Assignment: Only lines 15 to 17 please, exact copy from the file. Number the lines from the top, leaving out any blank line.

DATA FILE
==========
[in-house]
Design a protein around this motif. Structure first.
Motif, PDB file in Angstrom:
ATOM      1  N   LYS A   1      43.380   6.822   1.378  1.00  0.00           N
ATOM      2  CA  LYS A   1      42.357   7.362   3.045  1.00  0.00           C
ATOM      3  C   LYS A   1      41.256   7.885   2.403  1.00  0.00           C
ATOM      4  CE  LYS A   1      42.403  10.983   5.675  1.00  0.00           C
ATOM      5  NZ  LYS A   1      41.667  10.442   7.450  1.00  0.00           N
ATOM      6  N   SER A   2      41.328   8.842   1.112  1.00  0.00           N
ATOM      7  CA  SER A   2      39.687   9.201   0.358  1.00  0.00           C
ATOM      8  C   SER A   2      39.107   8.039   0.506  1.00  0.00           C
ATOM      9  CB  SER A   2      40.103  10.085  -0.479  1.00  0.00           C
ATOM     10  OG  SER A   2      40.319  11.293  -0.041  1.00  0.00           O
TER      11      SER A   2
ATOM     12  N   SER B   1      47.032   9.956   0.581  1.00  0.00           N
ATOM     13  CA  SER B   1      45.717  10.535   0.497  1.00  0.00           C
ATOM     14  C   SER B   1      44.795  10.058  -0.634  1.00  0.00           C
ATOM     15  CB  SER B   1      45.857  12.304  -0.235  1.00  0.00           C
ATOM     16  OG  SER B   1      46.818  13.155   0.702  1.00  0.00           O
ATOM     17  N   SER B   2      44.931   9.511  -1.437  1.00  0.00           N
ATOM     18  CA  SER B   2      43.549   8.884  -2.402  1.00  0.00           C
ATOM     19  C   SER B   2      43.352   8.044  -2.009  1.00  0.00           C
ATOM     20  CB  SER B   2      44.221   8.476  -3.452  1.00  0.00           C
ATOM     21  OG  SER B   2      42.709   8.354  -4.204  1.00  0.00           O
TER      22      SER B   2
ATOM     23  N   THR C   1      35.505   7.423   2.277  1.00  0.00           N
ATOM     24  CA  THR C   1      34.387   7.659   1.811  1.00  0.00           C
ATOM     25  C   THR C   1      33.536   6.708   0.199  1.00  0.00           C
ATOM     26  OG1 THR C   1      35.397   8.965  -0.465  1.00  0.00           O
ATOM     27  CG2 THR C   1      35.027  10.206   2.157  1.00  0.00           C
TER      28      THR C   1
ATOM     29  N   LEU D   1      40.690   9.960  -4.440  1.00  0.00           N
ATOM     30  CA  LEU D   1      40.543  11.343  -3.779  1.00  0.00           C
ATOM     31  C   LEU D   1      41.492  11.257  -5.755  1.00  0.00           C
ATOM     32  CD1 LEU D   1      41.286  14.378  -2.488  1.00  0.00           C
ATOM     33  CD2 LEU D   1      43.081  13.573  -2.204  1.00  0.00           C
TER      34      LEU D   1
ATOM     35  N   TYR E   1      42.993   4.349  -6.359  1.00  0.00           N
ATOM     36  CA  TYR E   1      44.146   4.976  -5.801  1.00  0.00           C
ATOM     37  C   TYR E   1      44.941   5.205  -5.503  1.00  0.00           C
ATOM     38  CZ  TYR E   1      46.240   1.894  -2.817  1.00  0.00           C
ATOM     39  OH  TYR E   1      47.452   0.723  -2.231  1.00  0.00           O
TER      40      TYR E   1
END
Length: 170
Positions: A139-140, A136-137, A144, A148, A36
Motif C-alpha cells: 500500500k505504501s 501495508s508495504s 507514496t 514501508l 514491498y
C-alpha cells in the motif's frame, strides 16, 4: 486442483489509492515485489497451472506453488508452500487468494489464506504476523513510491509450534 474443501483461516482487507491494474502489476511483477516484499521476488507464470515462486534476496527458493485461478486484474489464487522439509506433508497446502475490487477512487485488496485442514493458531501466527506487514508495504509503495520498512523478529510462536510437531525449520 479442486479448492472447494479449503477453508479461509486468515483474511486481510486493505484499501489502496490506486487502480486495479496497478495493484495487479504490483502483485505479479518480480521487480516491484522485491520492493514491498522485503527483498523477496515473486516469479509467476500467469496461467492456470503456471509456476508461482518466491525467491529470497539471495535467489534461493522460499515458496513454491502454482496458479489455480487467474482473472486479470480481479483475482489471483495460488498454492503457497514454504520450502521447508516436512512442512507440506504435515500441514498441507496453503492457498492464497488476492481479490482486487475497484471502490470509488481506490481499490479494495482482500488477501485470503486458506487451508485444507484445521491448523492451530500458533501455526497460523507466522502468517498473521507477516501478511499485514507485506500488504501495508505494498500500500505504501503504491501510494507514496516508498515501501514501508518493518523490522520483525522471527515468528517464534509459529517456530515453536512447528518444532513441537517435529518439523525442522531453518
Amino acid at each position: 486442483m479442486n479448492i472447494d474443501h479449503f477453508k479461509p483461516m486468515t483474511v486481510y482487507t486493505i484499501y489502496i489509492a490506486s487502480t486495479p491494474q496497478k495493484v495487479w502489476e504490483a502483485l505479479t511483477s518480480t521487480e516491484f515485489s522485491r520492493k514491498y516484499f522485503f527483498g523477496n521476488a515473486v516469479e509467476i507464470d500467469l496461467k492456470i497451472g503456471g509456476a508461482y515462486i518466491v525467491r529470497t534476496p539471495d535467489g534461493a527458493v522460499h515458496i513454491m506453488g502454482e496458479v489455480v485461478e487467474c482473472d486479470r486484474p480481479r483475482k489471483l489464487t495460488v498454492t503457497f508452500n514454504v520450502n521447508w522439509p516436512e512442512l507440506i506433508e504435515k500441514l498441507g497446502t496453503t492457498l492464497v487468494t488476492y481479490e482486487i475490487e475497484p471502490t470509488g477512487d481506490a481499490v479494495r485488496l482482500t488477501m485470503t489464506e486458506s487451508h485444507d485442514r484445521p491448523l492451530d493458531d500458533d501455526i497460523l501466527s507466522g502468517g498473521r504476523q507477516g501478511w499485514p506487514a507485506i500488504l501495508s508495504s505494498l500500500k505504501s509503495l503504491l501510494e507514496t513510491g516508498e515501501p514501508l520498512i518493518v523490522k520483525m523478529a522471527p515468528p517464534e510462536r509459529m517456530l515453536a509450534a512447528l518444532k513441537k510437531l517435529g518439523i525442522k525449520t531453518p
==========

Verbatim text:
ATOM     12  N   SER B   1      47.032   9.956   0.581  1.00  0.00           N
ATOM     13  CA  SER B   1      45.717  10.535   0.497  1.00  0.00           C
ATOM     14  C   SER B   1      44.795  10.058  -0.634  1.00  0.00           C